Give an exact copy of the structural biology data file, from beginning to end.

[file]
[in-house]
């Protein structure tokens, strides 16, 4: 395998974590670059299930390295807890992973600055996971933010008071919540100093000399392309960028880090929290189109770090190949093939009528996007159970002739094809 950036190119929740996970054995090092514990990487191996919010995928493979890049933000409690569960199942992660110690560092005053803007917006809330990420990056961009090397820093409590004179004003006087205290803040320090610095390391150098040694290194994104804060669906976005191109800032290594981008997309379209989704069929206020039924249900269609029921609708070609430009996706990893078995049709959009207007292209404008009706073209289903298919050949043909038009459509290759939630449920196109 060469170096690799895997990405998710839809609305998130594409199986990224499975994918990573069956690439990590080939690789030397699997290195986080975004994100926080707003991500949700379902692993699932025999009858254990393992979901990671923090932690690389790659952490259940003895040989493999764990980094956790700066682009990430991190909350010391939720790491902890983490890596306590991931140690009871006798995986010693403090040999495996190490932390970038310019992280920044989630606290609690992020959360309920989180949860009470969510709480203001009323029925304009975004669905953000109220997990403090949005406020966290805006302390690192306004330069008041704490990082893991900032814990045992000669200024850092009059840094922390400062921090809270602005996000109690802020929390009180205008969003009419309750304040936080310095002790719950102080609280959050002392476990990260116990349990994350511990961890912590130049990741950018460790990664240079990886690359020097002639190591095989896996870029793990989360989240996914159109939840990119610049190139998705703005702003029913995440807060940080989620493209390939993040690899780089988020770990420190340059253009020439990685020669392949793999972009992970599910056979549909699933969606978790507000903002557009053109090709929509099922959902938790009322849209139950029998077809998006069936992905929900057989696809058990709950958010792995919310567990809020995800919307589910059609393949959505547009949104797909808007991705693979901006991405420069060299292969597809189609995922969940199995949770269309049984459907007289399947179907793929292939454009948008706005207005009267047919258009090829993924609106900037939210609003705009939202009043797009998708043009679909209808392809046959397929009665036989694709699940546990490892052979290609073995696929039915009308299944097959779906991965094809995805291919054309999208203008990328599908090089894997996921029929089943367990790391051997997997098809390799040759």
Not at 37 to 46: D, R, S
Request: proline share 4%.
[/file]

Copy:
[in-house]
């Protein structure tokens, strides 16, 4: 395998974590670059299930390295807890992973600055996971933010008071919540100093000399392309960028880090929290189109770090190949093939009528996007159970002739094809 950036190119929740996970054995090092514990990487191996919010995928493979890049933000409690569960199942992660110690560092005053803007917006809330990420990056961009090397820093409590004179004003006087205290803040320090610095390391150098040694290194994104804060669906976005191109800032290594981008997309379209989704069929206020039924249900269609029921609708070609430009996706990893078995049709959009207007292209404008009706073209289903298919050949043909038009459509290759939630449920196109 060469170096690799895997990405998710839809609305998130594409199986990224499975994918990573069956690439990590080939690789030397699997290195986080975004994100926080707003991500949700379902692993699932025999009858254990393992979901990671923090932690690389790659952490259940003895040989493999764990980094956790700066682009990430991190909350010391939720790491902890983490890596306590991931140690009871006798995986010693403090040999495996190490932390970038310019992280920044989630606290609690992020959360309920989180949860009470969510709480203001009323029925304009975004669905953000109220997990403090949005406020966290805006302390690192306004330069008041704490990082893991900032814990045992000669200024850092009059840094922390400062921090809270602005996000109690802020929390009180205008969003009419309750304040936080310095002790719950102080609280959050002392476990990260116990349990994350511990961890912590130049990741950018460790990664240079990886690359020097002639190591095989896996870029793990989360989240996914159109939840990119610049190139998705703005702003029913995440807060940080989620493209390939993040690899780089988020770990420190340059253009020439990685020669392949793999972009992970599910056979549909699933969606978790507000903002557009053109090709929509099922959902938790009322849209139950029998077809998006069936992905929900057989696809058990709950958010792995919310567990809020995800919307589910059609393949959505547009949104797909808007991705693979901006991405420069060299292969597809189609995922969940199995949770269309049984459907007289399947179907793929292939454009948008706005207005009267047919258009090829993924609106900037939210609003705009939202009043797009998708043009679909209808392809046959397929009665036989694709699940546990490892052979290609073995696929039915009308299944097959779906991965094809995805291919054309999208203008990328599908090089894997996921029929089943367990790391051997997997098809390799040759």
Not at 37 to 46: D, R, S
Request: proline share 4%.